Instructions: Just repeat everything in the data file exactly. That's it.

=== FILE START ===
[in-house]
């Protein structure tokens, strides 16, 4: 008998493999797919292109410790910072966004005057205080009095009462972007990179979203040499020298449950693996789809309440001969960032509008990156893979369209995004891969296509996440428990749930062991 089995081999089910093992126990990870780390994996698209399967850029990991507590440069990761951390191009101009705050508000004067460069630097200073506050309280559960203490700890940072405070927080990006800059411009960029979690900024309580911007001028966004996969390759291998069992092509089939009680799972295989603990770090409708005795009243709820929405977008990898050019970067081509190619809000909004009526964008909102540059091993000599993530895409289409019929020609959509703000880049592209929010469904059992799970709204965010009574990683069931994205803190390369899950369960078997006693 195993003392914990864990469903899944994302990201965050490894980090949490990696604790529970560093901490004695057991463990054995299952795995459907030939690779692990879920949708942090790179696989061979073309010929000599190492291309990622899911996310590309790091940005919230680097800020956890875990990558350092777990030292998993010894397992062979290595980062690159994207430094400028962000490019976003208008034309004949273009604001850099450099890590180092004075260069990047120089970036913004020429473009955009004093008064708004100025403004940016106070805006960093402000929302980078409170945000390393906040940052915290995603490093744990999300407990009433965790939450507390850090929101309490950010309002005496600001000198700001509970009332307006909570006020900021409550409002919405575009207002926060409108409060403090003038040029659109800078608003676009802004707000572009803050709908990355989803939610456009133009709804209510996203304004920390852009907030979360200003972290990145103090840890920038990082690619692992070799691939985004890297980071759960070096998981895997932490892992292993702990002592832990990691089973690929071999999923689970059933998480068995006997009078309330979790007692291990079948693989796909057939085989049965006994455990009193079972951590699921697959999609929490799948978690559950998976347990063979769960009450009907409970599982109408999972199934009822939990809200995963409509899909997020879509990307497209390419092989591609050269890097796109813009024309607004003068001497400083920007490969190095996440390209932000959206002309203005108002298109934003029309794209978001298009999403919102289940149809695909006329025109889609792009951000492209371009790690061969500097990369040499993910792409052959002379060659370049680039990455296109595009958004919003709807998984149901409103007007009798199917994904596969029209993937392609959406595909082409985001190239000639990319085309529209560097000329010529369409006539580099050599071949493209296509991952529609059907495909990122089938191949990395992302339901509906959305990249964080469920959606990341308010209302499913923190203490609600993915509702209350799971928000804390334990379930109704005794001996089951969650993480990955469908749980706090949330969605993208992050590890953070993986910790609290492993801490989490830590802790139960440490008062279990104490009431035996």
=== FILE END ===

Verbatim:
[in-house]
């Protein structure tokens, strides 16, 4: 008998493999797919292109410790910072966004005057205080009095009462972007990179979203040499020298449950693996789809309440001969960032509008990156893979369209995004891969296509996440428990749930062991 089995081999089910093992126990990870780390994996698209399967850029990991507590440069990761951390191009101009705050508000004067460069630097200073506050309280559960203490700890940072405070927080990006800059411009960029979690900024309580911007001028966004996969390759291998069992092509089939009680799972295989603990770090409708005795009243709820929405977008990898050019970067081509190619809000909004009526964008909102540059091993000599993530895409289409019929020609959509703000880049592209929010469904059992799970709204965010009574990683069931994205803190390369899950369960078997006693 195993003392914990864990469903899944994302990201965050490894980090949490990696604790529970560093901490004695057991463990054995299952795995459907030939690779692990879920949708942090790179696989061979073309010929000599190492291309990622899911996310590309790091940005919230680097800020956890875990990558350092777990030292998993010894397992062979290595980062690159994207430094400028962000490019976003208008034309004949273009604001850099450099890590180092004075260069990047120089970036913004020429473009955009004093008064708004100025403004940016106070805006960093402000929302980078409170945000390393906040940052915290995603490093744990999300407990009433965790939450507390850090929101309490950010309002005496600001000198700001509970009332307006909570006020900021409550409002919405575009207002926060409108409060403090003038040029659109800078608003676009802004707000572009803050709908990355989803939610456009133009709804209510996203304004920390852009907030979360200003972290990145103090840890920038990082690619692992070799691939985004890297980071759960070096998981895997932490892992292993702990002592832990990691089973690929071999999923689970059933998480068995006997009078309330979790007692291990079948693989796909057939085989049965006994455990009193079972951590699921697959999609929490799948978690559950998976347990063979769960009450009907409970599982109408999972199934009822939990809200995963409509899909997020879509990307497209390419092989591609050269890097796109813009024309607004003068001497400083920007490969190095996440390209932000959206002309203005108002298109934003029309794209978001298009999403919102289940149809695909006329025109889609792009951000492209371009790690061969500097990369040499993910792409052959002379060659370049680039990455296109595009958004919003709807998984149901409103007007009798199917994904596969029209993937392609959406595909082409985001190239000639990319085309529209560097000329010529369409006539580099050599071949493209296509991952529609059907495909990122089938191949990395992302339901509906959305990249964080469920959606990341308010209302499913923190203490609600993915509702209350799971928000804390334990379930109704005794001996089951969650993480990955469908749980706090949330969605993208992050590890953070993986910790609290492993801490989490830590802790139960440490008062279990104490009431035996």